New York's top prosecutor is cracking down on retailers who are overcharging for baby formula.
State Attorney General Letitia James said Thursday she has sent cease-and-desist letters to 30 retailers that her office claimed were gouging consumers on the price of baby formula. The sellers consisted of both online and brick-and-mortar stores, mostly based in New York City, she said in the announcement. Her office didn't identify the retailers by name.
One Bronx retailer was charging $17.99 for a 32-ounce ready-to-feed bottle of Enfamil NeuroPro that previously sold for $11.99, James said. A retailer in Erie County was charging $59.99 for a 19.8-ounce can of Enfamil Nutramigen formula, which typically sells for $44.99.
"Amid this crisis, families already have enough to worry about and should not have to worry about being price-gouged. We are warning all retailers that New York will not tolerate price gouging of baby formula," she said in a statement.
New York's price-gouging statute bans anyone within the chain of distribution for a product, including wholesalers and retailers, from charging an "unconscionably excessive price" for the item when supplies are scarce or the market is otherwise disrupted. Anyone breaking the law can be fined $25,000 or more for each infraction.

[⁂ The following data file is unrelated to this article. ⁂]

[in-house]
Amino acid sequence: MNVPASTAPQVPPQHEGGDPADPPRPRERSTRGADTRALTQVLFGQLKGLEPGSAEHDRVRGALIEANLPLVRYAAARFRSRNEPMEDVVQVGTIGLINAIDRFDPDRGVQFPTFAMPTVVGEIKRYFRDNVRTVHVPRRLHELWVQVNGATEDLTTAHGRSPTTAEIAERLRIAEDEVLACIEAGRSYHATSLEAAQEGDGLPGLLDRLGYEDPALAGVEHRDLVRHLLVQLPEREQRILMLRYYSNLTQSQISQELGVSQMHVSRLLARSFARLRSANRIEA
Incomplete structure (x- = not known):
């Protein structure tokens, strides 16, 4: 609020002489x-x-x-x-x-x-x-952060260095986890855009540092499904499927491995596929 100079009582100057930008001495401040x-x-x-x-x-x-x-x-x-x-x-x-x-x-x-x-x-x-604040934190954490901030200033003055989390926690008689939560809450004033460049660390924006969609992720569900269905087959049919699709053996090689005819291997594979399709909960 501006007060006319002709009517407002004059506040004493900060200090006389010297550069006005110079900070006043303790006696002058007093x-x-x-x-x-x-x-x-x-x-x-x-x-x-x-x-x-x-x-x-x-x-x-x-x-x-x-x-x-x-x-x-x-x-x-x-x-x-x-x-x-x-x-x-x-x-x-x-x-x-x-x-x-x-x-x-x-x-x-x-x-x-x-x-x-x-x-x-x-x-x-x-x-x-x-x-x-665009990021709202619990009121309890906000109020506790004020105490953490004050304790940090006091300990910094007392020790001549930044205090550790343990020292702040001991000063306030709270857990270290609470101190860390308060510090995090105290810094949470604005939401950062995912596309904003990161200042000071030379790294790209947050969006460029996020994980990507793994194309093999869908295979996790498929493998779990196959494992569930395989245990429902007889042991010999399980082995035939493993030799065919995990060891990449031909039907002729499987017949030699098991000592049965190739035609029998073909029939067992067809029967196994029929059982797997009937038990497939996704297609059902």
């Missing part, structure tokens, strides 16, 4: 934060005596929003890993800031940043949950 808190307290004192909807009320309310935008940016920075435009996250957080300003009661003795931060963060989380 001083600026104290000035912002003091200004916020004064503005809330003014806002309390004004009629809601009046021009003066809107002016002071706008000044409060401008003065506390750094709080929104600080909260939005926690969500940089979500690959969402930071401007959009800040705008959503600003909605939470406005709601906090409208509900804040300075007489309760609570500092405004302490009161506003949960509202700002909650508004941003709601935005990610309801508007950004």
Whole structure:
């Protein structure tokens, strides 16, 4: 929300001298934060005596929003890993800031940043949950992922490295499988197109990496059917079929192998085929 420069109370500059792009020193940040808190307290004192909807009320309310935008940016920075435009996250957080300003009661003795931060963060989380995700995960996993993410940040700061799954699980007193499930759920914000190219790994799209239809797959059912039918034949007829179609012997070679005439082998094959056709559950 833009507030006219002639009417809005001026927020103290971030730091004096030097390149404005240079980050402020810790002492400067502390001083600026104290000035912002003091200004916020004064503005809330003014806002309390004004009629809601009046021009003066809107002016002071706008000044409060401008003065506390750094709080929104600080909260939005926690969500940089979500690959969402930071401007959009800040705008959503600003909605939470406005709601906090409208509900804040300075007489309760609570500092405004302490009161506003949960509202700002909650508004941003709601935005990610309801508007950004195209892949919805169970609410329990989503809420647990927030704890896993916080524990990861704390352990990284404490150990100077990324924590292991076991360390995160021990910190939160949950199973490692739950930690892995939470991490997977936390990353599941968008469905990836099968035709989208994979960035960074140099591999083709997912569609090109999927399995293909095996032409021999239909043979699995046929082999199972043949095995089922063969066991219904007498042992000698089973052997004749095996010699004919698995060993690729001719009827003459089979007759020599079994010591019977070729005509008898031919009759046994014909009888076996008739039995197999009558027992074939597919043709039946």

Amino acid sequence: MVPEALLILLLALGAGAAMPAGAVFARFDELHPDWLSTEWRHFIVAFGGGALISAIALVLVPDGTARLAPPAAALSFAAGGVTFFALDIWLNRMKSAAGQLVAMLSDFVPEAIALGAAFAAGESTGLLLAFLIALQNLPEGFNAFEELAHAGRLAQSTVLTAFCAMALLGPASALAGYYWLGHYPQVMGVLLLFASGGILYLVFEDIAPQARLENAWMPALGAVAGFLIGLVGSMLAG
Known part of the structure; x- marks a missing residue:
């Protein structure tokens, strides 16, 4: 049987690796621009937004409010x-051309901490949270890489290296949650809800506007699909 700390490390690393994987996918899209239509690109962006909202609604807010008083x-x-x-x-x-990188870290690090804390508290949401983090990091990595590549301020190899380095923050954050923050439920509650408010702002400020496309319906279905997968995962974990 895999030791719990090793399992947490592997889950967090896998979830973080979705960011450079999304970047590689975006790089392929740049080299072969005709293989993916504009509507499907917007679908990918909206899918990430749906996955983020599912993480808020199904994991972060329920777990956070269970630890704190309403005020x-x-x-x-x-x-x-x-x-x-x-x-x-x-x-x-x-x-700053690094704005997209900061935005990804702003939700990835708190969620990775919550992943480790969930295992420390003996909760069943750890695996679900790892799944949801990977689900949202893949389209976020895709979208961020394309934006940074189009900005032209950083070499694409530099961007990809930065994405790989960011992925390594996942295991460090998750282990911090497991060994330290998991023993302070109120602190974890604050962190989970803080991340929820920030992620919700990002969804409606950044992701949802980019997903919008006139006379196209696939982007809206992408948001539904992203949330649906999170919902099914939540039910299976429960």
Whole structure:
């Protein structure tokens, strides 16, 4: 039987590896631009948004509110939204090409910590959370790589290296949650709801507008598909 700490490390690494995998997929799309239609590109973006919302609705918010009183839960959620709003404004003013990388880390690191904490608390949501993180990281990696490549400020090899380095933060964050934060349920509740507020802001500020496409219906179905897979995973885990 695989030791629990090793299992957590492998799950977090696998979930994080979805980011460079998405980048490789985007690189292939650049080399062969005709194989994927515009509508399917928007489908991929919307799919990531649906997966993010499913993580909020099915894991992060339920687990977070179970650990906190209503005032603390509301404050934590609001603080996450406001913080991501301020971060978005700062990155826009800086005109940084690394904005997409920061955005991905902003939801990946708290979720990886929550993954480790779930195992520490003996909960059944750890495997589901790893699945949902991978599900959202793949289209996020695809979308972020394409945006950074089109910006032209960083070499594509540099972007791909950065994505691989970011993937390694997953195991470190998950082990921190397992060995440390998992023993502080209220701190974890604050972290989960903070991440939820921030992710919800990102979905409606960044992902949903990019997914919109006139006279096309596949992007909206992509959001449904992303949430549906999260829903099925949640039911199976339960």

New York City announced a state of emergency over the formula shortage earlier this week that allows the city's consumer protection department to crack down on retailers for price-gouging. City and state officials are asking consumers to report suspected law-breakers as well as to provide photographs and receipts of prices charged.
The baby formula crisis is affecting the entire U.S., with more than 40% of formula currently out of stock nationwide, according to data company Datasembly. The shortage traces largely to the February closure of an Abbott Nutrition in Michigan after a at the facility was linked to two infant deaths and four illnesses.
Formula makers are airlifting extra supplies of formula from Europe, and President Joe Biden has invoked the Defense Production Act to speed up production of formula.
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